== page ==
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Cops to scan own fingers for ID management

Police in the United Kingdom could be subject to their own biometric tests.

Police in forces around the United Kingdom could begin to use biometrics on themselves to improve identity management and data access, according to a speaker at the Biometrics 2005 conference in London.

Fred Preston, director of identification for the Police Information Technology Organisation, or PITO, said on Friday that police could be subject to biometrics tests, such as fingerprint and facial scanning, before they access criminal databases.

"It's not just law enforcement in terms of crime, it's also the business process--access to data and buildings. There are lots of police processes that rely on (identity). Biometrics is absolutely key in that," Preston said.

PITO built the National Biometric Identification Management System, an automated fingerprint and palm search tool also known as Ident1.

Preston said the U.K. could start to share criminal biometric data with other European countries.

"Ident1 could be a flexible system--it can be connected to other systems," he said. "There are lots of legislation and data protection issues, though.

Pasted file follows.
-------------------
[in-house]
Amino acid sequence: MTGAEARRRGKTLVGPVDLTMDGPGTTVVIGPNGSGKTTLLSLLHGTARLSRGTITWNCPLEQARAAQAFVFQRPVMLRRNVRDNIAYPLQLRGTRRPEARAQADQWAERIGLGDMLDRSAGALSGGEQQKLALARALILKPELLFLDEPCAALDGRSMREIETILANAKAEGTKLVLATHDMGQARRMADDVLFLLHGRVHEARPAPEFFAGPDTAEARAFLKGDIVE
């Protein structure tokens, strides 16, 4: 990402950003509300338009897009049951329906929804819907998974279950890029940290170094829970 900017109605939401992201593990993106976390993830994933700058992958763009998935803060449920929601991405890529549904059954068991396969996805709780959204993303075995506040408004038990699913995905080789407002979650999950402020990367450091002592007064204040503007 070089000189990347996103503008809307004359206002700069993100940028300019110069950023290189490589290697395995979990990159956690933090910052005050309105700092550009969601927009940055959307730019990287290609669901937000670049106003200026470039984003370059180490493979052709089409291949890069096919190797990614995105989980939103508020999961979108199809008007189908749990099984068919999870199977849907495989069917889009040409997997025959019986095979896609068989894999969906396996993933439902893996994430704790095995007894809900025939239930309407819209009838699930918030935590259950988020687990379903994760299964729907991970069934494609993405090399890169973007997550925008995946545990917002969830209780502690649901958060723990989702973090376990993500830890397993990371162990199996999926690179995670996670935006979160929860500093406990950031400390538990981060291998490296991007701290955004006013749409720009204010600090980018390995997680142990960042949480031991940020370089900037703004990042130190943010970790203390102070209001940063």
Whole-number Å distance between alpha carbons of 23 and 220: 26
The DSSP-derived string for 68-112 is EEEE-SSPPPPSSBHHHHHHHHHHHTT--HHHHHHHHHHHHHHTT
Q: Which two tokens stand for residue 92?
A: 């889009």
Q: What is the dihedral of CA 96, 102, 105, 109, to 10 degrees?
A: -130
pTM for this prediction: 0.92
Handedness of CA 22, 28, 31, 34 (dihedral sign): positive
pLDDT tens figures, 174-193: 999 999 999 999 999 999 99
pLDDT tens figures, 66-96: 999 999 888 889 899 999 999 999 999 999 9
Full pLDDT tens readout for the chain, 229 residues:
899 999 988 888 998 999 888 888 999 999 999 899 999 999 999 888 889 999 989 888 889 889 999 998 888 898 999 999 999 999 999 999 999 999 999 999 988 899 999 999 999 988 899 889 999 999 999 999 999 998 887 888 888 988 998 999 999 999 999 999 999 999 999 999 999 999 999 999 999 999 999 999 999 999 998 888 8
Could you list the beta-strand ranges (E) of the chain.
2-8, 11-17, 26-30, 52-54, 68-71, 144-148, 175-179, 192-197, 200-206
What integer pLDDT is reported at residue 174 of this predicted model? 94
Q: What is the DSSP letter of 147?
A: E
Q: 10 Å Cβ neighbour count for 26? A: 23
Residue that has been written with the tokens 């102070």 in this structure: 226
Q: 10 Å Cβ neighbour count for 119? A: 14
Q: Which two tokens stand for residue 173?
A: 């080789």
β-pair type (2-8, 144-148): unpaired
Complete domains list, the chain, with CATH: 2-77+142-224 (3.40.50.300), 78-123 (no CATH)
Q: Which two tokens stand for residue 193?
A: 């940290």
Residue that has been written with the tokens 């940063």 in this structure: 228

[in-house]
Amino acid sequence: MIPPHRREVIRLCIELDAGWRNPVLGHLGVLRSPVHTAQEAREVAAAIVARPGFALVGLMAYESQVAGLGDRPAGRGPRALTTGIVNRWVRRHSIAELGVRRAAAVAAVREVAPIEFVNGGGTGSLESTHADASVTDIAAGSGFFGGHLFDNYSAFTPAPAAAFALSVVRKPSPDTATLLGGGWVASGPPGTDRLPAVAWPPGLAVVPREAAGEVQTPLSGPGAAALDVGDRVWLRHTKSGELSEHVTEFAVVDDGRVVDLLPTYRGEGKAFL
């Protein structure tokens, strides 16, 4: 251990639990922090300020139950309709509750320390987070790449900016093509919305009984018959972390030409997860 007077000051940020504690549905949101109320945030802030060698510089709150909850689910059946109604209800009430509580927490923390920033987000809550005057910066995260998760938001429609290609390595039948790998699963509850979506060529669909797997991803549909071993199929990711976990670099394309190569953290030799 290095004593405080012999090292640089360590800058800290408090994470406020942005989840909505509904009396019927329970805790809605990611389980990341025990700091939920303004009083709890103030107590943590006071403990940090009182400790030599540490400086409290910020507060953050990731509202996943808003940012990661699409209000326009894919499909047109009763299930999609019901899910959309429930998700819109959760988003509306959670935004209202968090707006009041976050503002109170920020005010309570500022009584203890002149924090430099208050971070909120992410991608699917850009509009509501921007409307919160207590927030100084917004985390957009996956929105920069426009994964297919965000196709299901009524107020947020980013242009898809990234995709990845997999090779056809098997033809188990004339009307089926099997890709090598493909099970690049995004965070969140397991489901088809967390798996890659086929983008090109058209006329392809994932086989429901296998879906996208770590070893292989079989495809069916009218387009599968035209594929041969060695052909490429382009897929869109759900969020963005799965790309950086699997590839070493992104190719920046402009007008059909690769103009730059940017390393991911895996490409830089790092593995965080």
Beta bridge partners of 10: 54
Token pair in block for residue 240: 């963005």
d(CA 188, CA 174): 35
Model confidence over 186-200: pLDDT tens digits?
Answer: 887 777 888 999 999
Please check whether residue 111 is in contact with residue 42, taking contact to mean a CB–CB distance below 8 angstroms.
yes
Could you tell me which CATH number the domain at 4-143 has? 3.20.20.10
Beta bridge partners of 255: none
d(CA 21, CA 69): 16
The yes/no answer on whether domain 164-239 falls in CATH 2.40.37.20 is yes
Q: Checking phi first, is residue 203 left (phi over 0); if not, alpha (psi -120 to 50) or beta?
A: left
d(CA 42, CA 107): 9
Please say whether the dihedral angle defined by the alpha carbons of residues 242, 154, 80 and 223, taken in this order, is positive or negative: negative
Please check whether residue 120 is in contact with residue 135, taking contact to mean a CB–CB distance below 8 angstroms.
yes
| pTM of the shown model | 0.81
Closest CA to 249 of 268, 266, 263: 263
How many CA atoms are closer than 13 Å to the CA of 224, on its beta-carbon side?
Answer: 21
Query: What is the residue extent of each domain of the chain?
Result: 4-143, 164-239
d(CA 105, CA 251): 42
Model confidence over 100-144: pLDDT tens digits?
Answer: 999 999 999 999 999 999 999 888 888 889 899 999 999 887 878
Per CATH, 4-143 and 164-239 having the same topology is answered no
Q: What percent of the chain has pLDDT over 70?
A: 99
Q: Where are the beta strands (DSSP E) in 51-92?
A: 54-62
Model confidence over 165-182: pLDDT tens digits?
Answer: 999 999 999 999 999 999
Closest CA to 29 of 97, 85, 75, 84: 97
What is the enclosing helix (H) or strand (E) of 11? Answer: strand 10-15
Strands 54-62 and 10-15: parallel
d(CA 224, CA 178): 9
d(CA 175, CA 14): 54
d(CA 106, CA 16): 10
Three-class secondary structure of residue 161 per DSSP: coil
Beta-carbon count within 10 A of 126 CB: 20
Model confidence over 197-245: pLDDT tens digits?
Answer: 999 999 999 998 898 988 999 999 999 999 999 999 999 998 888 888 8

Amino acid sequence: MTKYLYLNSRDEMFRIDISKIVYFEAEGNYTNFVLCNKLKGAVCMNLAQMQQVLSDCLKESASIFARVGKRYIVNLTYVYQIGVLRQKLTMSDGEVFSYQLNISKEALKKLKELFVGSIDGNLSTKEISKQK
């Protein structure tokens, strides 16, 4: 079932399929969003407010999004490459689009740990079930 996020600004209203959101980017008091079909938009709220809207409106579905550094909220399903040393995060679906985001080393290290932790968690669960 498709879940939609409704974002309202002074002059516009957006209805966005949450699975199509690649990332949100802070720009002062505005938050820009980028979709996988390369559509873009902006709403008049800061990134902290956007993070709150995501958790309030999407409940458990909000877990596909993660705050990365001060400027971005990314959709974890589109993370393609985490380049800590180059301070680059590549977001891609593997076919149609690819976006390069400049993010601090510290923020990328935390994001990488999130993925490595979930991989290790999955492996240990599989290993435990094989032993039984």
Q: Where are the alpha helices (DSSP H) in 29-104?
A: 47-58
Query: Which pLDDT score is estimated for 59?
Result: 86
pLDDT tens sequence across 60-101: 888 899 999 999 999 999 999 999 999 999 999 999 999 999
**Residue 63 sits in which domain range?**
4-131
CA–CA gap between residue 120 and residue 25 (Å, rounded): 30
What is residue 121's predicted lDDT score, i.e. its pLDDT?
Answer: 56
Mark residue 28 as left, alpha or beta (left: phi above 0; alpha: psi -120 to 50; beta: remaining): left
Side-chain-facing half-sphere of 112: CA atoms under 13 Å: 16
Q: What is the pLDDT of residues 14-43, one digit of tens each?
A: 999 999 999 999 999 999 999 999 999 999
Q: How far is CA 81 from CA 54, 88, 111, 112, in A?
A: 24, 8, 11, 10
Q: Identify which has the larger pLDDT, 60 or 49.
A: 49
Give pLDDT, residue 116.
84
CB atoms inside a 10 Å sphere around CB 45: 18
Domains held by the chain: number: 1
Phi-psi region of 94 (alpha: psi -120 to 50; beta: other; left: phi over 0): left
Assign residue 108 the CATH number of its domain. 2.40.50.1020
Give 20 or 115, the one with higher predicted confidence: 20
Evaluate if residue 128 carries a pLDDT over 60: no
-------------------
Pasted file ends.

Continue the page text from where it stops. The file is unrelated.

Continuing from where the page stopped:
"Our experience in Europe has been a reluctance to supply data to other countries but far less reluctant to interoperate with other countries. My vision is cross-country searches rather than the sharing of databases."

Without disclosing details, Preston mentioned the interoperability of databases but said he was not planning to include the entire U.K. population for criminal searches.

He added: "In terms of taxpayers' money, do we want to put in the processing power that could cope with 60 million people in this country on the same sort of searches for criminals? That is a very interesting question that could be subject to a huge business case. I'm personally not seeking to put the population on the criminal database."

Earlier this year the government announced that PITO will be replaced with a central agency that will be responsible for national projects and management of the $1.3 million spent annually on local information technology by the U.K.'s 43 police forces.